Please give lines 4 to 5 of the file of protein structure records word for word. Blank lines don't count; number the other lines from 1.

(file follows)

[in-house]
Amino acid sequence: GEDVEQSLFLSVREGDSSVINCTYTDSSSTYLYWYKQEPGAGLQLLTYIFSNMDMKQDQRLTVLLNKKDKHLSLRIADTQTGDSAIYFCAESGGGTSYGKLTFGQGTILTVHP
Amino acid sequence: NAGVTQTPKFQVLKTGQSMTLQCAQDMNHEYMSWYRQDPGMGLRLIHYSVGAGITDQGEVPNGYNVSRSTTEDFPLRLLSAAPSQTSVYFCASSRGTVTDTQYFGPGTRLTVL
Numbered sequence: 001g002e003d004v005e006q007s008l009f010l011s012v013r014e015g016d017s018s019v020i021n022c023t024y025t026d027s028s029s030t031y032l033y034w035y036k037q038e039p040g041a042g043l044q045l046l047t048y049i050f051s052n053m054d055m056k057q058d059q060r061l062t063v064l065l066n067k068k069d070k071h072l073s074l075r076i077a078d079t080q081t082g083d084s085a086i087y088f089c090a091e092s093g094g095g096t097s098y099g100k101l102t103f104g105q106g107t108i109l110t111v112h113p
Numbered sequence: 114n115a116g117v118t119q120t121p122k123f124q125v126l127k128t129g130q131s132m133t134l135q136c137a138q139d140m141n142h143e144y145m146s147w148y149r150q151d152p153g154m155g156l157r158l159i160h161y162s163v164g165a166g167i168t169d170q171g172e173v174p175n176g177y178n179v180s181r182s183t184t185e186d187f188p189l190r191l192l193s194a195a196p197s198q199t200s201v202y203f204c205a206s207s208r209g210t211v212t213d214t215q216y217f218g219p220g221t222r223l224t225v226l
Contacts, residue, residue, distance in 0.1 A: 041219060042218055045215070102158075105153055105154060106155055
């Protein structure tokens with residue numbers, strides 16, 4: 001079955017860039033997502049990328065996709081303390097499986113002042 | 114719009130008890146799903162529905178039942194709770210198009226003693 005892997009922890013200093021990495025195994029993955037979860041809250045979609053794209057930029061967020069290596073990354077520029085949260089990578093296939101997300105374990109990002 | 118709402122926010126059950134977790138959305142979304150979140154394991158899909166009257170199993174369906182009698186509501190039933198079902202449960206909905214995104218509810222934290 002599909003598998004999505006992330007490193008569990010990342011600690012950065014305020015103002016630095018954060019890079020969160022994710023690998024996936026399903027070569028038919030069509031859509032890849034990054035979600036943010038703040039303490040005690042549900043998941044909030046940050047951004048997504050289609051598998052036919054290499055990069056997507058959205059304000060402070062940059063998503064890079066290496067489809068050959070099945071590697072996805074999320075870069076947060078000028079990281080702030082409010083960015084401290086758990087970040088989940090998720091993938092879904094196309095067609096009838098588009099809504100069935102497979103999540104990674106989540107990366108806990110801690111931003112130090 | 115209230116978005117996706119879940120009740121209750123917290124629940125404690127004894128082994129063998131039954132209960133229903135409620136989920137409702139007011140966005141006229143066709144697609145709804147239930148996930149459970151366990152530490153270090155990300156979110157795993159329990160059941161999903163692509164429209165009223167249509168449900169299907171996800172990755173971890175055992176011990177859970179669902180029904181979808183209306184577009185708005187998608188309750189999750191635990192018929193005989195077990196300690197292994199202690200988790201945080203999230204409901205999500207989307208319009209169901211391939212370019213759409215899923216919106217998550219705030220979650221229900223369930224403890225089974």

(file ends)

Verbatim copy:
Numbered sequence: 001g002e003d004v005e006q007s008l009f010l011s012v013r014e015g016d017s018s019v020i021n022c023t024y025t026d027s028s029s030t031y032l033y034w035y036k037q038e039p040g041a042g043l044q045l046l047t048y049i050f051s052n053m054d055m056k057q058d059q060r061l062t063v064l065l066n067k068k069d070k071h072l073s074l075r076i077a078d079t080q081t082g083d084s085a086i087y088f089c090a091e092s093g094g095g096t097s098y099g100k101l102t103f104g105q106g107t108i109l110t111v112h113p
Numbered sequence: 114n115a116g117v118t119q120t121p122k123f124q125v126l127k128t129g130q131s132m133t134l135q136c137a138q139d140m141n142h143e144y145m146s147w148y149r150q151d152p153g154m155g156l157r158l159i160h161y162s163v164g165a166g167i168t169d170q171g172e173v174p175n176g177y178n179v180s181r182s183t184t185e186d187f188p189l190r191l192l193s194a195a196p197s198q199t200s201v202y203f204c205a206s207s208r209g210t211v212t213d214t215q216y217f218g219p220g221t222r223l224t225v226l